Thursday, February 25, 2010

The Cross of Christ

Why is the cross of Christ and offense? It's an offense for several reasons. First because it shows us the ugliness of sin. There is nothing pretty about a bloodied and grossly disfigured Man hanging from nails driven through His hands and feet on a wooden cross. That's not the kind of image we like to think about when we engage in sinful pleasures. The cross of Christ then is an offense because it confronts us head on about our sins and says this is the consequences of what you are doing. Somebody is going to have to pay and this what it is going to cost. For where there is sin, there must be punishment of it. That is an eternal principal that runs throughout the Word of God. Sin has consequences and the consequence of our sins is death, either ours eternally, or Jesus Christ's once and for all on the Cross to redeem us all from it. That is why the Bible say's "For the wages of sin is death, but the gift of God is eternal life in Christ Jesus our Lord." Rom. 6:23 Those then who downplay the seriousness of their sins, or don't like what God required to atone for it, don't like the cross of Christ. Yet "... according to the law almost all things are purified with blood, and without shedding of blood there is no remission." Heb. 9:22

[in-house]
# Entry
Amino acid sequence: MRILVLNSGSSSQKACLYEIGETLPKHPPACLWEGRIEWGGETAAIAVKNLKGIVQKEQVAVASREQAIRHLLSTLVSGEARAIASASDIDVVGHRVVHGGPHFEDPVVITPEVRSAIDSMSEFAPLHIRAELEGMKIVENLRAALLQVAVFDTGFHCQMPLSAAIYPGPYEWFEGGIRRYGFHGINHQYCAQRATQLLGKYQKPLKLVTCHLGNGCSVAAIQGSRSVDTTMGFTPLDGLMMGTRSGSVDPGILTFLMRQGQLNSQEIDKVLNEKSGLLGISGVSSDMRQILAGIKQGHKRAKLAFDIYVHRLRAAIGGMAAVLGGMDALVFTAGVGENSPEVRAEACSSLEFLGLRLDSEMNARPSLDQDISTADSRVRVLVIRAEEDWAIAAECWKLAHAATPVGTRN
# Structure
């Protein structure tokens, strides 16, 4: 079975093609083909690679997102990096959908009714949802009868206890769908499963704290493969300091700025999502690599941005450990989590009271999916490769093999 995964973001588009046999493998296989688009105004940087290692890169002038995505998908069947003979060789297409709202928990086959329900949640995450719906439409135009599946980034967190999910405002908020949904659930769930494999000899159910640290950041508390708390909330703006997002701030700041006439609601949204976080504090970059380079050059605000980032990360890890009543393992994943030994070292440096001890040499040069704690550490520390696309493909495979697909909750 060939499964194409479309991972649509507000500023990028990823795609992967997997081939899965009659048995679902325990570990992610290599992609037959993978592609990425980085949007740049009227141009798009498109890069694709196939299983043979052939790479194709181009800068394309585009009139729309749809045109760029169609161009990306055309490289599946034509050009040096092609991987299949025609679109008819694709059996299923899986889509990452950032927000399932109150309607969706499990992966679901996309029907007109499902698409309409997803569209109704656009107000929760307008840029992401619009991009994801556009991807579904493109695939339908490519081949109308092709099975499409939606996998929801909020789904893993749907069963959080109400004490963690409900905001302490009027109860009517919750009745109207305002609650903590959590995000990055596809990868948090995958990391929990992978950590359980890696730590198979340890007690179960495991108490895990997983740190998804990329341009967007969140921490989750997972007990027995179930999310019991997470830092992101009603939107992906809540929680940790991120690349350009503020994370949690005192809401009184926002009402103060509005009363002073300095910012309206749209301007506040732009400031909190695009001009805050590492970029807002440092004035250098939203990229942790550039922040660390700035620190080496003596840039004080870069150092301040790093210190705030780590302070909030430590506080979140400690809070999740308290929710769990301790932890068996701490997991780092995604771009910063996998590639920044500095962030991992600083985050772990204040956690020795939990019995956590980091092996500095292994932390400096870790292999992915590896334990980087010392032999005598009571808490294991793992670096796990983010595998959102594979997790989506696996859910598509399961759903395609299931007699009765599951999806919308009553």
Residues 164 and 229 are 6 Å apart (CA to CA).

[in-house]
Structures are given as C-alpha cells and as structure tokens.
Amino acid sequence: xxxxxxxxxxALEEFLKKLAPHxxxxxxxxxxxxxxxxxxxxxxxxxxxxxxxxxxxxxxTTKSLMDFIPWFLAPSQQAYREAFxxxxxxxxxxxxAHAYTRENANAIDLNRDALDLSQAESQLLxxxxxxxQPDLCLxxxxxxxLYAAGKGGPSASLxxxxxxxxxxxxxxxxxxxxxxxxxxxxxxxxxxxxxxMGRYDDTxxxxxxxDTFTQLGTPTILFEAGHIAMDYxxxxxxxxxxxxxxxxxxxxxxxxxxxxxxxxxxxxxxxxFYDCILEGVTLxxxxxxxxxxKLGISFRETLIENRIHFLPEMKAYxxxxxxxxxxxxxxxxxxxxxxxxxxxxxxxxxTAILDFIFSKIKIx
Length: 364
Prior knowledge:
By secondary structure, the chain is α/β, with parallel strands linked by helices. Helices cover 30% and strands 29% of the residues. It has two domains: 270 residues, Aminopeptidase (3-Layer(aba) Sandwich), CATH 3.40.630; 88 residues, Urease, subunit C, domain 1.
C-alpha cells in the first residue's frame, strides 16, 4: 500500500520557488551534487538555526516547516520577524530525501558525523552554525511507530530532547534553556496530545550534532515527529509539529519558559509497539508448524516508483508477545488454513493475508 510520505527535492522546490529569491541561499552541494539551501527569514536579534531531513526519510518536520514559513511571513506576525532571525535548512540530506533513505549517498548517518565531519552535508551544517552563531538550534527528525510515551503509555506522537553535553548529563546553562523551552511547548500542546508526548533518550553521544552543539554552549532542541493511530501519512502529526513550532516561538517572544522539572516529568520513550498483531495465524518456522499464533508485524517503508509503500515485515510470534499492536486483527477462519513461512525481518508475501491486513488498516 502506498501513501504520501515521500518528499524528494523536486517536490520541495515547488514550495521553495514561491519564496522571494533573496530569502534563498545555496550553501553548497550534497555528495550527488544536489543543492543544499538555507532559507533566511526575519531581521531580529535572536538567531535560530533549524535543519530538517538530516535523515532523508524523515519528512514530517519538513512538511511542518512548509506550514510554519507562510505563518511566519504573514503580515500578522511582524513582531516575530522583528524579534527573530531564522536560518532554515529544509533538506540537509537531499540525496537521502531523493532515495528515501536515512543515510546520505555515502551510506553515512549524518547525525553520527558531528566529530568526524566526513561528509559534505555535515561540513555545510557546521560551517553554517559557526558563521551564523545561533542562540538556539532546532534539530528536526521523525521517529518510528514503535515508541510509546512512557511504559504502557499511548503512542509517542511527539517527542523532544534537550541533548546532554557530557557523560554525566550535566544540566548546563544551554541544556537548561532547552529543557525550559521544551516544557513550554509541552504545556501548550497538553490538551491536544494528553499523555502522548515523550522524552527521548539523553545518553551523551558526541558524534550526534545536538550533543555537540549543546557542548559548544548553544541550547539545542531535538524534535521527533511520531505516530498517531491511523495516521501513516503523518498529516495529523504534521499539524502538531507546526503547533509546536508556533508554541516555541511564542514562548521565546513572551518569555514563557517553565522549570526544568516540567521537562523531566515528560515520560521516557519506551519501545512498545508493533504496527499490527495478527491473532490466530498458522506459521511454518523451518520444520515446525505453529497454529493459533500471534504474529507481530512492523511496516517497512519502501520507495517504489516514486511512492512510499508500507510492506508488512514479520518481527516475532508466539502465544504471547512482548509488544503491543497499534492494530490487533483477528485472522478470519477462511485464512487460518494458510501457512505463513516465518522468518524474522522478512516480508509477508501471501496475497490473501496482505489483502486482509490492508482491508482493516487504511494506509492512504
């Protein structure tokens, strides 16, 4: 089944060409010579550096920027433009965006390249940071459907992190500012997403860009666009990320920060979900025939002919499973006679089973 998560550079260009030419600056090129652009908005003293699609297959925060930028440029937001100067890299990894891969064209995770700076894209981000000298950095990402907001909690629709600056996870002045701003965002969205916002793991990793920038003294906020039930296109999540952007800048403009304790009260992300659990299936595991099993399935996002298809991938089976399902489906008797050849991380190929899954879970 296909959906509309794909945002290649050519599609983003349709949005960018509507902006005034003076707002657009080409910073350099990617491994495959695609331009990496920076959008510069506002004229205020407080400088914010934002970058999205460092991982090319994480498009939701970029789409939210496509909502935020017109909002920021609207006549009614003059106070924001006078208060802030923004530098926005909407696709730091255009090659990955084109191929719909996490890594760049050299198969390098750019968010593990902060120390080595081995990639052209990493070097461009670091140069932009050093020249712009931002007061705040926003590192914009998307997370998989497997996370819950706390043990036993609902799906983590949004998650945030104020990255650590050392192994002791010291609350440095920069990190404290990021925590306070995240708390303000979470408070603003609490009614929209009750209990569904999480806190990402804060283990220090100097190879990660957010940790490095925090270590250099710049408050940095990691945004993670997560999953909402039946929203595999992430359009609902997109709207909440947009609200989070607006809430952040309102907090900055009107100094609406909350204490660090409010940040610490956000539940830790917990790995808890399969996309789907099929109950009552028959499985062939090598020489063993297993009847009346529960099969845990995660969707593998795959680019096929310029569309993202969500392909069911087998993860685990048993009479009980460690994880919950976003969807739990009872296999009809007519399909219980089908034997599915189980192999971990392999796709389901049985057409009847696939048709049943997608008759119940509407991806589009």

The cross of Christ is an offense for an other reason in that it destroys all of our self righteous pretenses. Jesus Christ wasn’t crucified because you and I were so good in the sight of God. Both by choice and by nature we are all sinners condemed by the law as such in the sight of God. Though we all exemplify this differently, at different stages of our lives, to different degrees and in different ways. The Scripture is clear "...All have sinned and fallen short of the glory of God" Rom. 3:23 Therefore you cannot look to Bible as a means of being justifed before God unless your eyes are squarly focused on Jesus Christ crucified for your sins forgivness. For the Bible justifies no one apart from Christ in God's sight (John 5:39-47). The cross of Christ then is an offense because it overthrows all of our notions about our own goodness or deservedness. As well as all of our own notions of self redemption. Whether individuals or so called "evolving" mankind collectively, Jesus Christ crucified and risen from the dead and our faith in Him is the sole means by which we are made right in God's sight. For God will accpet nothing less than the His Son's Atonement for us all. Therefore the cross of Christ is an offense to those who would like to think otherwise. Nonetheless the Scriptures declare: "Now to him who works, the wages are not counted as grace but as debt. 5 But to him who does not work but believes on Him who justifies the ungodly, his faith is accounted for righteousness" Rom. 4:4-5 Therefore the only solution for our sins is first atonement by Someone who is themself Sinless to handle the judicial aspect of our transgressions. Then regeneration by which God changes us on the inside to make us accpetable to Himself. Two things we cannot do ourselves. Yet it is these two things God acomplishes in Jesus Christ. Sending His Sinless Son to suffer and die in our place. Then raising Him from the dead as proof of His Lordship over all, and willingness to heal everyone by His Spirit who repents and believes in Him.